Many covered entities want to take advantage of cloud storage services, but it is important to consider if OneDrive is HIPAA compliant before you use it.
Many healthcare groups are already implementing Microsoft Office 365 Business Essentials, including exchange online for email. Office 365 Business Essentials includes OneDrive Online, which is a platform for saving, collaborating and sharing files.
HIPAA-Compliance Supported by Microsoft
There is no problem with HIPAA-covered bodies using OneDrive. Microsoft supports HIPAA-compliance and many of its cloud services, including OneDrive, can be implanted by a company without violating HIPAA Rules.
However, before OneDrive – or any cloud service – can be utlized to create, save, or send files holding the electronic protected health information of patients, HIPAA-covered entities must complete and sign a HIPAA-compliant business associate agreement (BAA).
Microsoft was one of the initial cloud service providers to agree to complete and sign a BAA with HIPAA-covered entities, and provides a BAA through the Online Services Terms. The BAA includes OneDrive for Business, along with Azure, Azure Government, Cloud App Security, Dynamics 365, Office 365, Microsoft Flow, Intune Online Services, PowerApps, Power BI, and Visual Studio Team Services.
As per the terms of its business associate agreement, Microsoft agrees to put in place limitations on use and disclosure of ePHI, implement safeguards to stop inappropriate use, report to consumers and allow access to PHI, on request, per the HIPAA Privacy Rule. Microsoft will also guarantee that if any subcontractors are used, they will adhere with the same – or stricter– restrictions and conditions with respect to PHI.
If the BAA is signed before to the use of OneDrive for creating, saving, or sharing PHI, the service can be used without breaching HIPAA Rules.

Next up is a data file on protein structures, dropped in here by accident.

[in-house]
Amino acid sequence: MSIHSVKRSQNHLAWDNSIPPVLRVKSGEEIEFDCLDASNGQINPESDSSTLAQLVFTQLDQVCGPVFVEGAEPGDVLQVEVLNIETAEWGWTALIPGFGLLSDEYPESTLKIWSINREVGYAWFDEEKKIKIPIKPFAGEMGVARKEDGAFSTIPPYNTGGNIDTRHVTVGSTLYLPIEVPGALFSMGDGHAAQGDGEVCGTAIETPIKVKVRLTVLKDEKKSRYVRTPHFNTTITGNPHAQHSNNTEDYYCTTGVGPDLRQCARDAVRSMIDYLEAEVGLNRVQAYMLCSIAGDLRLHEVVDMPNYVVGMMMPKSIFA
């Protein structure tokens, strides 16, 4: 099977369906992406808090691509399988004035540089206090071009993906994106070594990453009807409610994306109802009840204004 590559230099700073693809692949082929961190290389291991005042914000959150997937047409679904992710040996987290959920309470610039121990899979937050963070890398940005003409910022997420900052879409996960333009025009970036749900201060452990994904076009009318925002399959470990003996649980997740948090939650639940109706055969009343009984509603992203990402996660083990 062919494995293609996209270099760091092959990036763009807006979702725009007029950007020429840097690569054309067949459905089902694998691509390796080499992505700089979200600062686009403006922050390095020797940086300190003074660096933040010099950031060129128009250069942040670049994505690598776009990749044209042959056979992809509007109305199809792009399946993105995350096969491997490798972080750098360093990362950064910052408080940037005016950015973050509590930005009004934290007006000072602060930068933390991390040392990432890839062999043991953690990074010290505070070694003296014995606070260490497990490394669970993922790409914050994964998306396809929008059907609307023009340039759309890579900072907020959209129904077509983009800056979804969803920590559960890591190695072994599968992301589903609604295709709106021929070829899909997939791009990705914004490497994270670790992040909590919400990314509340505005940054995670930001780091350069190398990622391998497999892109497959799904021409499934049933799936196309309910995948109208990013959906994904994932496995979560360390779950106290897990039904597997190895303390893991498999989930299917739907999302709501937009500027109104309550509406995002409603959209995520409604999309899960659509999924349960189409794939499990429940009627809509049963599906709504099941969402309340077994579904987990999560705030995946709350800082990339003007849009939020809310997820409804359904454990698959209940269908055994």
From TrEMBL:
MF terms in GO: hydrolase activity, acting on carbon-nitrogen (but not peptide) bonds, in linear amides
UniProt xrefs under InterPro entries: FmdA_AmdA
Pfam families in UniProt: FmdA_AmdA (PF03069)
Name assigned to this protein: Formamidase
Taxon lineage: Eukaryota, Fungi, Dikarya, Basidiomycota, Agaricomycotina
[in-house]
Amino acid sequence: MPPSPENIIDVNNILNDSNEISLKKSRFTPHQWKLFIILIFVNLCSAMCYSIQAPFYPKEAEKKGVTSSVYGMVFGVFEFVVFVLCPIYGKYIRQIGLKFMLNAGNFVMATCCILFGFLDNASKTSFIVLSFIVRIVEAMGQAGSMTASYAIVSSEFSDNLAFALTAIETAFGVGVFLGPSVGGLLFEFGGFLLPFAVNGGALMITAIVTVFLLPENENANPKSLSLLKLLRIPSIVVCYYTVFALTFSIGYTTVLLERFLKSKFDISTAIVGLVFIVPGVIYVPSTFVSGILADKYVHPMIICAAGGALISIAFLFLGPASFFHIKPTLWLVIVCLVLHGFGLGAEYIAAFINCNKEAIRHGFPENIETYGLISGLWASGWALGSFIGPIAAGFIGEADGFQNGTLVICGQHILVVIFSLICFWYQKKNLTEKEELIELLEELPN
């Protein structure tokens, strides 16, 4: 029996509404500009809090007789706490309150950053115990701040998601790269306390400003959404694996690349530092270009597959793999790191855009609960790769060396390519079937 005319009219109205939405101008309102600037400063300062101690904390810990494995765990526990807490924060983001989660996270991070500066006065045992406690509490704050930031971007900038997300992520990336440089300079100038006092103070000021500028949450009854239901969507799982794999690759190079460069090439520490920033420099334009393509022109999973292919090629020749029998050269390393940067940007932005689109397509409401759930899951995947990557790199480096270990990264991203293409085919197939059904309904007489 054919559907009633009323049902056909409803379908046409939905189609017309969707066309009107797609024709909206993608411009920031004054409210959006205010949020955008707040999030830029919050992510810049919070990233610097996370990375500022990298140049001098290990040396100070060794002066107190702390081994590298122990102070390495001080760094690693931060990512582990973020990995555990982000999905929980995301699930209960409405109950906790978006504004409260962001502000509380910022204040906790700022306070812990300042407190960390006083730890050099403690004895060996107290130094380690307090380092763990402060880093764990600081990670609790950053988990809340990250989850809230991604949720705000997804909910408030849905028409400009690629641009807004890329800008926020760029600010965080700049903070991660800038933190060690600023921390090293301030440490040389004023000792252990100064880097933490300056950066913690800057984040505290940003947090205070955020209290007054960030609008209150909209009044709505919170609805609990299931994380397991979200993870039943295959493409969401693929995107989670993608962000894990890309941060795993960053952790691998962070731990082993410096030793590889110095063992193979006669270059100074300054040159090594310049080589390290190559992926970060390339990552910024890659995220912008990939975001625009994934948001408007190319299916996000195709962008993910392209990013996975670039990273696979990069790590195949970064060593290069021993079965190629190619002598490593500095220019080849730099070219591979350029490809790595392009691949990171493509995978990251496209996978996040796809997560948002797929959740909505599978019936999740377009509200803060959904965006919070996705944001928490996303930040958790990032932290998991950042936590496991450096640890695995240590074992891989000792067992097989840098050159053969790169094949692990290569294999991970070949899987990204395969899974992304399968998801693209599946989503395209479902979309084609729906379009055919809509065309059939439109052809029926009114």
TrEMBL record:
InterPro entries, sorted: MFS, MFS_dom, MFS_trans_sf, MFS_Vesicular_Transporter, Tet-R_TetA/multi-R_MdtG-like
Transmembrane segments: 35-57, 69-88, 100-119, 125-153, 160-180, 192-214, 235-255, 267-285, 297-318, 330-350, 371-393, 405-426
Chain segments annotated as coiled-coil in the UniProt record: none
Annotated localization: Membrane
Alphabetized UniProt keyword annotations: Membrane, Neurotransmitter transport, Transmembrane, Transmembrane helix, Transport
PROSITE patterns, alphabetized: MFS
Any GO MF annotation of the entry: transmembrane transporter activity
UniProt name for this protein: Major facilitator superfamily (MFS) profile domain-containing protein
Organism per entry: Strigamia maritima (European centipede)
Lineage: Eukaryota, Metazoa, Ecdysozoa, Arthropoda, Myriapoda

Microsoft says that all proper security measures are included in OneDrive, and while HIPAA compliance certification has not been received, all of the services and software covered by the BAA have been separately reviewed for the Microsoft ISO/IEC 27001 certification.
Appropriate security measures are included to meet the requirements of the HIPAA Security Rule, including the encryption of data at rest and on the move to HIPAA standards. Microsoft implemented 256-bit AES encryption and SSl/TLS connections are achieved using 2048-bit keys.
HIPAA Compliance Involves More Than Using ‘HIPAA-Compliant’ Services
However, just because Microsoft will sign a BAA, it does not mean OneDrive is automatically HIPAA compliant. There is more to compliance than using a particular software or cloud service. Microsoft supports HIPAA compliance, but HIPAA compliance depends of the actions of those using it. As Microsoft says, “Your organization is responsible for ensuring that you have an adequate compliance program and internal processes in place, and that your particular use of Microsoft services aligns with HIPAA and the HITECH Act.”
Before beginning the use of any cloud service, a HIPAA-covered body must conduct a risk analysis and review the vendor’s provisions and policies. A risk management program must also be formulated, using policies, procedures, and technologies to ensure risks are minimized.
Access policies must be formulated and security settings configured properly. Strong passwords should be set up, external file sharing should be switched off, access should be limited to trusted whitelisted networks, and PHI must only be sent to individuals authorized to view the data. When PHI is shared, the minimum necessary standard applies. Logging should be switched on to ensure organizations have visibility into what users are doing in relation to PHI, and when staff members no longer need access to OneDrive, such as when they leave their job, access should be denied immediately.
OneDrive can be used by a company without violating HIPAA Rules and Microsoft supports HIPAA compliance, but the upshot is that HIPAA compliance is down to the covered entity, how the service is implemented and used.